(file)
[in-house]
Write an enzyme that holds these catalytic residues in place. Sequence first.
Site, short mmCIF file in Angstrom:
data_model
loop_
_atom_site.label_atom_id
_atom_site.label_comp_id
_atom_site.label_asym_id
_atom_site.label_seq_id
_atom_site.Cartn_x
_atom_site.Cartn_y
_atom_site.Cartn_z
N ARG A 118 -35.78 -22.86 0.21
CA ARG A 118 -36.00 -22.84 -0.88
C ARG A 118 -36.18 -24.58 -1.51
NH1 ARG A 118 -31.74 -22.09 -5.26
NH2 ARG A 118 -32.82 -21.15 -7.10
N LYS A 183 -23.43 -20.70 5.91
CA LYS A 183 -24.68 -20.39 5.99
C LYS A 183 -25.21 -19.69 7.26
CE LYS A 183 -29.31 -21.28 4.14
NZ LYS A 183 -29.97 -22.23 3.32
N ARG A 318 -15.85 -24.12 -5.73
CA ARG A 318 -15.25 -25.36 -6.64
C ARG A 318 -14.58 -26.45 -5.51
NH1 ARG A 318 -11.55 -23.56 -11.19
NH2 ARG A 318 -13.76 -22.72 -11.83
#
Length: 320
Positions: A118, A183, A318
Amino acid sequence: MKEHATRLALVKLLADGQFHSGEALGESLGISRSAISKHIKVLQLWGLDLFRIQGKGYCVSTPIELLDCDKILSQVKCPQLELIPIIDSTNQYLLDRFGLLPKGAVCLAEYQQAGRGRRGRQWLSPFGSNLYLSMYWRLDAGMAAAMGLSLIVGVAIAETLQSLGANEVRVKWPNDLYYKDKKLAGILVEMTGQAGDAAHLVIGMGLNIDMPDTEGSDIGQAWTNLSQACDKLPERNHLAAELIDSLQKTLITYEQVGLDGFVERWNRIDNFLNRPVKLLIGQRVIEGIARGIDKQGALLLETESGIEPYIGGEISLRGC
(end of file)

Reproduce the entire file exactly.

[in-house]
Write an enzyme that holds these catalytic residues in place. Sequence first.
Site, short mmCIF file in Angstrom:
data_model
loop_
_atom_site.label_atom_id
_atom_site.label_comp_id
_atom_site.label_asym_id
_atom_site.label_seq_id
_atom_site.Cartn_x
_atom_site.Cartn_y
_atom_site.Cartn_z
N ARG A 118 -35.78 -22.86 0.21
CA ARG A 118 -36.00 -22.84 -0.88
C ARG A 118 -36.18 -24.58 -1.51
NH1 ARG A 118 -31.74 -22.09 -5.26
NH2 ARG A 118 -32.82 -21.15 -7.10
N LYS A 183 -23.43 -20.70 5.91
CA LYS A 183 -24.68 -20.39 5.99
C LYS A 183 -25.21 -19.69 7.26
CE LYS A 183 -29.31 -21.28 4.14
NZ LYS A 183 -29.97 -22.23 3.32
N ARG A 318 -15.85 -24.12 -5.73
CA ARG A 318 -15.25 -25.36 -6.64
C ARG A 318 -14.58 -26.45 -5.51
NH1 ARG A 318 -11.55 -23.56 -11.19
NH2 ARG A 318 -13.76 -22.72 -11.83
#
Length: 320
Positions: A118, A183, A318
Amino acid sequence: MKEHATRLALVKLLADGQFHSGEALGESLGISRSAISKHIKVLQLWGLDLFRIQGKGYCVSTPIELLDCDKILSQVKCPQLELIPIIDSTNQYLLDRFGLLPKGAVCLAEYQQAGRGRRGRQWLSPFGSNLYLSMYWRLDAGMAAAMGLSLIVGVAIAETLQSLGANEVRVKWPNDLYYKDKKLAGILVEMTGQAGDAAHLVIGMGLNIDMPDTEGSDIGQAWTNLSQACDKLPERNHLAAELIDSLQKTLITYEQVGLDGFVERWNRIDNFLNRPVKLLIGQRVIEGIARGIDKQGALLLETESGIEPYIGGEISLRGC